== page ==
(RNS) — Jesus called.
40 million people answered.
The popular “Jesus Calling” devotional has now sold more than 40 million copies, according to Publishers Weekly, an influential trade magazine.
First published in 2004, the book has become a publishing phenomenon, spawning a television series, a podcast and a magazine. In 2013, the book outsold pop-culture phenomenons “Lean In” and “50 Shades of Grey,” according to the Daily Beast.
The book’s publisher, Thomas Nelson, reported in 2019 that “Jesus Calling” had sold 30 million copies and has continued to sell since then.
A follow-up book, “Jesus Listens,” has sold half a million copies since its October 2021 release.
“I hear over and over again from regular people and celebrities alike who say, ‘It’s like it was written for me,’” Michael Aulisio, a Thomas Nelson vice president who oversees the “Jesus Calling” brand, told Publishers Weekly. “It speaks to various situations — the grief of losing a child, divorce, addiction or giving thanks to God for the good days. That really appeals.”
Author Sarah Young, who has largely remained out of the public eye due to health problems, began writing the books in the 1990s while a missionary and counselor in Australia. After a difficult case, where Young counseled a woman who claimed to be a victim of satanic child abuse — during the so-called Satanic Panic — she began “jotting down what came to mind” during her devotional times, when she focused on listening to God. Those journal entries were eventually compiled into “Jesus Calling.”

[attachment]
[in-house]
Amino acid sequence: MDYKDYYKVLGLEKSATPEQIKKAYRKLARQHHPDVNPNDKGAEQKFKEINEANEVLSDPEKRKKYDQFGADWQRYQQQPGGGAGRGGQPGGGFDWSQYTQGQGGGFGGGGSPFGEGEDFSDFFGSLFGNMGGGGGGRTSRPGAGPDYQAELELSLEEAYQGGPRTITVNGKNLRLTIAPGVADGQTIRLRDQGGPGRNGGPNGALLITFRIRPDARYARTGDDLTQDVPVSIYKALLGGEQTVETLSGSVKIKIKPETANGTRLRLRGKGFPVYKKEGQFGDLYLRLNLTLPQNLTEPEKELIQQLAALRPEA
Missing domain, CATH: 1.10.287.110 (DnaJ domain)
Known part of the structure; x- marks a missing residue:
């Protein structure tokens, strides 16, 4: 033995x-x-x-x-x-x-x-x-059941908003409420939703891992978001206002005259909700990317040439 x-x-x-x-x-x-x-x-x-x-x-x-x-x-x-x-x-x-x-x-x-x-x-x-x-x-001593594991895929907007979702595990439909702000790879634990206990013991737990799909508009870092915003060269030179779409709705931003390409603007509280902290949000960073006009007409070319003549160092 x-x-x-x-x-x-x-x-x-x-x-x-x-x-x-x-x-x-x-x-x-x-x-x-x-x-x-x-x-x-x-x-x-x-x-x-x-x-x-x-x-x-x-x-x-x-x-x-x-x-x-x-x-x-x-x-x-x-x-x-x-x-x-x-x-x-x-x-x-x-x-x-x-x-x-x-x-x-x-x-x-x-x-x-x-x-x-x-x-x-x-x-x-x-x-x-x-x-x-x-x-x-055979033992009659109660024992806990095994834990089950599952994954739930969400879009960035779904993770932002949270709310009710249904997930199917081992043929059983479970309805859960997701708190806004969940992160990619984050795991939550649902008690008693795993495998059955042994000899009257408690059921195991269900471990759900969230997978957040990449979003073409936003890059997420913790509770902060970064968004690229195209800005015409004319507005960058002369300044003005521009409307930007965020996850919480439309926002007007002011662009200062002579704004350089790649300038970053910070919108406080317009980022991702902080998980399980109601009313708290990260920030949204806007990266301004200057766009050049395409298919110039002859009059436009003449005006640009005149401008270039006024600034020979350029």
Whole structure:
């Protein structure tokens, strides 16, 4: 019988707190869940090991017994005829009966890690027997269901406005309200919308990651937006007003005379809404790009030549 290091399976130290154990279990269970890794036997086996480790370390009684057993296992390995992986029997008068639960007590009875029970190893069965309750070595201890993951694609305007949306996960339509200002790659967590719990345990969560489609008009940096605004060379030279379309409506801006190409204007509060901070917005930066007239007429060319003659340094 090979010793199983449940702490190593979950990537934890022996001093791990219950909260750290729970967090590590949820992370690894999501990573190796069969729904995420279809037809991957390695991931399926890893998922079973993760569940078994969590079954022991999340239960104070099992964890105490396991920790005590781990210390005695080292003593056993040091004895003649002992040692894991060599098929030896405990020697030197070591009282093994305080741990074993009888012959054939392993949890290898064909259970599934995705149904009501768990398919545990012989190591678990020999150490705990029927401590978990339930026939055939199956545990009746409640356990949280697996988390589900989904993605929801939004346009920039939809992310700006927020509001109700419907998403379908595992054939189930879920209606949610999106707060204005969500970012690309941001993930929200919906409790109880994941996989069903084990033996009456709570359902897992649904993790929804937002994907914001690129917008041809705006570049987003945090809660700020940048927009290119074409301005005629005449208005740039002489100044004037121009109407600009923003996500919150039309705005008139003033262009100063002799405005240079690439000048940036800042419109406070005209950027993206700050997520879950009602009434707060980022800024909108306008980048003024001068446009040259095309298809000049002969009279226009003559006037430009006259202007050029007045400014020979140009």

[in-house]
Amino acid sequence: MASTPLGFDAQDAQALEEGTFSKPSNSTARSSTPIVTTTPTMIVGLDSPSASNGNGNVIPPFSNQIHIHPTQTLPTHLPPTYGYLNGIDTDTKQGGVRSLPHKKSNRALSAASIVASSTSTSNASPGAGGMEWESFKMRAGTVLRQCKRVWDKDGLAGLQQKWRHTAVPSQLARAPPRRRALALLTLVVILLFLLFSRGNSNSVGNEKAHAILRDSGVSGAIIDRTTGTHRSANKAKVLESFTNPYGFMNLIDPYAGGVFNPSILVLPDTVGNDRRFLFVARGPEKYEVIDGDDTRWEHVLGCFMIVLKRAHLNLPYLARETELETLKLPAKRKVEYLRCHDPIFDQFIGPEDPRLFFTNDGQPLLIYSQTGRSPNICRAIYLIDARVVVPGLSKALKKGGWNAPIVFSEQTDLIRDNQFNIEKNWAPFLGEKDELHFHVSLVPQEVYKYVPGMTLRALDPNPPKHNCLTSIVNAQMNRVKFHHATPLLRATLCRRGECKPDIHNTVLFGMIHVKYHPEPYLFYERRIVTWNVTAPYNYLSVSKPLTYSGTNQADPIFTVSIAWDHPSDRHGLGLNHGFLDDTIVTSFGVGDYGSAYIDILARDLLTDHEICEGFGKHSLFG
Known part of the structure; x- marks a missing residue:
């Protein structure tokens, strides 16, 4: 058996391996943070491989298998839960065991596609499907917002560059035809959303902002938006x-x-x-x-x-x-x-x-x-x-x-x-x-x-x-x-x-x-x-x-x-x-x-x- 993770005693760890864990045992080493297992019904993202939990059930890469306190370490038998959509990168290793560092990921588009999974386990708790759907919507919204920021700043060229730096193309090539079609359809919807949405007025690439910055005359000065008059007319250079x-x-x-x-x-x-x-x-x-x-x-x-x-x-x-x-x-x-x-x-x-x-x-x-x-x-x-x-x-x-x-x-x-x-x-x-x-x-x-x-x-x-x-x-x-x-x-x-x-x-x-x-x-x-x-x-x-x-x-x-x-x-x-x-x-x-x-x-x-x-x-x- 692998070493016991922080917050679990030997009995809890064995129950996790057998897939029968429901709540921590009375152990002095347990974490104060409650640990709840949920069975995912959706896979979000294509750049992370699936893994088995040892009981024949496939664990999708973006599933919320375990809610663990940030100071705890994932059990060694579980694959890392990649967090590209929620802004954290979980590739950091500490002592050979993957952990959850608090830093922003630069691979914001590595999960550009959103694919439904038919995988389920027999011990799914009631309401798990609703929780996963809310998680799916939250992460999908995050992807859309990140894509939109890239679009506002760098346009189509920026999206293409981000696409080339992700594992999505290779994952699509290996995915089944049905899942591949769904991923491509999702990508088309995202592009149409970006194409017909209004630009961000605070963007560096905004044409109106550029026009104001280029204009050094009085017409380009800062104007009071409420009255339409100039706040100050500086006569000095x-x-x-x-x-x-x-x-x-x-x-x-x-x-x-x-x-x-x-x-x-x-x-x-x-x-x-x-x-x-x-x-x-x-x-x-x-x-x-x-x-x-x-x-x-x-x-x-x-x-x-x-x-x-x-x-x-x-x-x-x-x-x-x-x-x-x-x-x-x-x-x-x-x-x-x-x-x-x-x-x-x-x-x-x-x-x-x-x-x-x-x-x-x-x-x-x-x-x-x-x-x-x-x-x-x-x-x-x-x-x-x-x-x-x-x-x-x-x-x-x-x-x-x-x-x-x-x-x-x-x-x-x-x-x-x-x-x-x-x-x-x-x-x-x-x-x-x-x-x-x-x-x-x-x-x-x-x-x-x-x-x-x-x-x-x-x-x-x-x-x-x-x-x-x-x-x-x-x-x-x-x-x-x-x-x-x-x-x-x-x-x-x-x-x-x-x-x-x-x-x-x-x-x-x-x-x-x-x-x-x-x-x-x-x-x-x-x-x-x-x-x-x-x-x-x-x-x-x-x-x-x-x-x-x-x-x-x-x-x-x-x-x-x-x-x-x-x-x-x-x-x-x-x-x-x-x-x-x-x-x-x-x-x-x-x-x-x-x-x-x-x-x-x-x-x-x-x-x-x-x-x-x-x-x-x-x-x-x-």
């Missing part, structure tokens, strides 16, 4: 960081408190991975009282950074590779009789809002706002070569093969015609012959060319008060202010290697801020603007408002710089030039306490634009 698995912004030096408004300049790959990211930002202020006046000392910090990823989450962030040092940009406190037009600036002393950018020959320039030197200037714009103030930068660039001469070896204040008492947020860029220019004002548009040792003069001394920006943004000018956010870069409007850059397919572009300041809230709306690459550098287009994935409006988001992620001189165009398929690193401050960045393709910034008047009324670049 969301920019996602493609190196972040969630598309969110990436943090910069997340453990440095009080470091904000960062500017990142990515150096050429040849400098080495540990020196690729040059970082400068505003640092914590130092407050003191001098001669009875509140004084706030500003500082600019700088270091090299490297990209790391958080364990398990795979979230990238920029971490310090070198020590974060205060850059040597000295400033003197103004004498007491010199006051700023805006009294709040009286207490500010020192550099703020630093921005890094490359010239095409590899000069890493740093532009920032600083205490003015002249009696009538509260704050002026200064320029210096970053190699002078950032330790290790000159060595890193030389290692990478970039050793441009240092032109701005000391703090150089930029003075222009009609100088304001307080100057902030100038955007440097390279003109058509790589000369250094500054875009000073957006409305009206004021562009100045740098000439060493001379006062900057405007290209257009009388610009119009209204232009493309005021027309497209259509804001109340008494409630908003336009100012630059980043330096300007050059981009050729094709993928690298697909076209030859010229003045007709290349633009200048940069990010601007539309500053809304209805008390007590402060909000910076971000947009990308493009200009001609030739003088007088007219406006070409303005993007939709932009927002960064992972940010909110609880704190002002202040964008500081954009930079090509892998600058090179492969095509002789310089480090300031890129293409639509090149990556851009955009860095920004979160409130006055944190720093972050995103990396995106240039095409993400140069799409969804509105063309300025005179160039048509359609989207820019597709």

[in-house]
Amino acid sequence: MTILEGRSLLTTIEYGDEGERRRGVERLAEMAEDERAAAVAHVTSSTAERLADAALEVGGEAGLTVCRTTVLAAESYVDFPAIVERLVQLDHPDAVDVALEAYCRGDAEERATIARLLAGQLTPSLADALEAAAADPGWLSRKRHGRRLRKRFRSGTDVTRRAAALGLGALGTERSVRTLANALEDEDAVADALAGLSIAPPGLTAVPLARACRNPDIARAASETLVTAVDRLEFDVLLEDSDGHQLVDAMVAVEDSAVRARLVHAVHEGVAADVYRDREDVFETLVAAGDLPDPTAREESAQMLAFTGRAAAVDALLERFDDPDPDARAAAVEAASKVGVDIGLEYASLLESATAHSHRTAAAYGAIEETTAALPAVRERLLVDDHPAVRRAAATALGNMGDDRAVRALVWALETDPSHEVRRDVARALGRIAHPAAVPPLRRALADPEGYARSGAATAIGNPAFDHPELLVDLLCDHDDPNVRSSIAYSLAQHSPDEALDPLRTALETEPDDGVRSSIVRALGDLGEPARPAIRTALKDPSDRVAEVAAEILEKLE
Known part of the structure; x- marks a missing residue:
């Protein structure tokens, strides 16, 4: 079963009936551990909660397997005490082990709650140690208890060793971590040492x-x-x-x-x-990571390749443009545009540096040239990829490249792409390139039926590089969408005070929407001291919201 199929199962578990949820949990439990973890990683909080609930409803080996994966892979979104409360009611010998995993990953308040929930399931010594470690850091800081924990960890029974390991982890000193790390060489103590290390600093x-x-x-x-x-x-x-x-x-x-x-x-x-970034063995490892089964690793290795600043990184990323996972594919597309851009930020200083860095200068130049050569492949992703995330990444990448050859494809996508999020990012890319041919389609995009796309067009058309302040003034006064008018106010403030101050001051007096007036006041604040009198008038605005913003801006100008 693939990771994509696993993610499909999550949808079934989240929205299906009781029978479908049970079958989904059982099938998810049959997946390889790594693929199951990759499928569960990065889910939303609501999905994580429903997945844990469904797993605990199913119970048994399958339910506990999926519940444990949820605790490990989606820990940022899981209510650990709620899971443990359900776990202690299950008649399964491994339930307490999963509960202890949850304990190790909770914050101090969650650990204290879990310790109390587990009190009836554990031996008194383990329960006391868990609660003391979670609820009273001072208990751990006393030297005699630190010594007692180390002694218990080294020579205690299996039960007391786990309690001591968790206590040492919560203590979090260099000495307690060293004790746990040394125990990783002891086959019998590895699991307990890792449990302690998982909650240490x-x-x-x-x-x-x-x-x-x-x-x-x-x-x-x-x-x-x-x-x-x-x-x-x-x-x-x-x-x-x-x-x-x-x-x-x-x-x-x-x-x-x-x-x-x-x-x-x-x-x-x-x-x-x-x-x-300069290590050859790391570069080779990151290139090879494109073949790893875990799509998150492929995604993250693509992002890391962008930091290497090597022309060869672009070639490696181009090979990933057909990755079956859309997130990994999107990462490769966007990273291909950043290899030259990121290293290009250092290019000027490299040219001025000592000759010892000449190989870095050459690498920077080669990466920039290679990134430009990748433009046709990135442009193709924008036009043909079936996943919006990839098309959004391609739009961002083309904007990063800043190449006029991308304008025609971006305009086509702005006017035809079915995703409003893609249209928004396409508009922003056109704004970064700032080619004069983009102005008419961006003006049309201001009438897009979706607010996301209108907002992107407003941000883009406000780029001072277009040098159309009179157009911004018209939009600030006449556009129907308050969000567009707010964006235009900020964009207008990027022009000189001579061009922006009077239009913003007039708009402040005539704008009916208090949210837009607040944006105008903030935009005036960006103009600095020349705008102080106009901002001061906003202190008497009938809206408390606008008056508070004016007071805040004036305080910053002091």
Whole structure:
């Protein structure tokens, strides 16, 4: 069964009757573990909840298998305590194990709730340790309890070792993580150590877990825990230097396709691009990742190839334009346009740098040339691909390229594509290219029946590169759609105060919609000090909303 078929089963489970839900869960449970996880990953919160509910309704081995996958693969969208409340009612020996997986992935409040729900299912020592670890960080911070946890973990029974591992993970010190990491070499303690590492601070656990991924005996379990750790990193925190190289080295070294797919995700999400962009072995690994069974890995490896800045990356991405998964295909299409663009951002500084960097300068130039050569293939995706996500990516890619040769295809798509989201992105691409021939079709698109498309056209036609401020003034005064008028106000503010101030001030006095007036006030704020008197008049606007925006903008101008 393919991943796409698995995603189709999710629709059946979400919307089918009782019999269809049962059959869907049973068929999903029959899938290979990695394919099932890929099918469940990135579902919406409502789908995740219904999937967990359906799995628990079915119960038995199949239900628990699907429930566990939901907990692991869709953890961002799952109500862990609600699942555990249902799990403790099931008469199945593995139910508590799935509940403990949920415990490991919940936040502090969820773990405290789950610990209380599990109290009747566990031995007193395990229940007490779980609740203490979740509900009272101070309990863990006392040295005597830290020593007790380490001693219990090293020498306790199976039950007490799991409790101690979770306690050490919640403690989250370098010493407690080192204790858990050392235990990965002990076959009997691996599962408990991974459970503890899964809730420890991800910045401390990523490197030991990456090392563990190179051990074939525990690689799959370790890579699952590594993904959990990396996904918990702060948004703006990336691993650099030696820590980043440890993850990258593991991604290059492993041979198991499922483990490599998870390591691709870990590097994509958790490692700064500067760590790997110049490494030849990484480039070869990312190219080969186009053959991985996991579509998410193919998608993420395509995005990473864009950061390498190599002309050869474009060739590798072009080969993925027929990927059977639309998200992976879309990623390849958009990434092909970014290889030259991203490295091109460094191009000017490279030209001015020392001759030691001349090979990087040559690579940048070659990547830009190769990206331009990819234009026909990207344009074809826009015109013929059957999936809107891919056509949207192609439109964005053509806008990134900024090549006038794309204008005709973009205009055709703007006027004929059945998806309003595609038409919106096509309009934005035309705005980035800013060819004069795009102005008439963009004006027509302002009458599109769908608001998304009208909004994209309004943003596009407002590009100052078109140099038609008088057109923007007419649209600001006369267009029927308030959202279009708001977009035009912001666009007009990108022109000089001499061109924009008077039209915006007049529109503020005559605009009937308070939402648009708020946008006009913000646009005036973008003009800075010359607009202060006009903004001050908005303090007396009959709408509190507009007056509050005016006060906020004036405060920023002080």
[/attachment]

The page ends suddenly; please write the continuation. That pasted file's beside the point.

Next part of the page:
The book was rejected at first before finally being released in 2004. Sales started slowly — with just under 60,000 copies sold in the first three years, according to Christianity Today magazine, before taking off in 2008.
In 2015, Calvinist blogger Tim Challies labeled “Jesus Calling” a “deeply troubling book” in a blog post pointing out what he saw as serious problems with the book, including that “she mimics occult practices” and “speaks for God.” Early on there were other critics, but any controversy over the book has faded.
Young told Religion News Service in a 2021 email interview that she still sees herself as a missionary. She also said her health issues make her focus on God more.
“When I sit down to write, I always ask God to connect His infinite sufficiency with my utter insufficiency,” she said in an email. “So, my health struggles help me rely on Jesus and work collaboratively with Him.”
This article originally appeared here.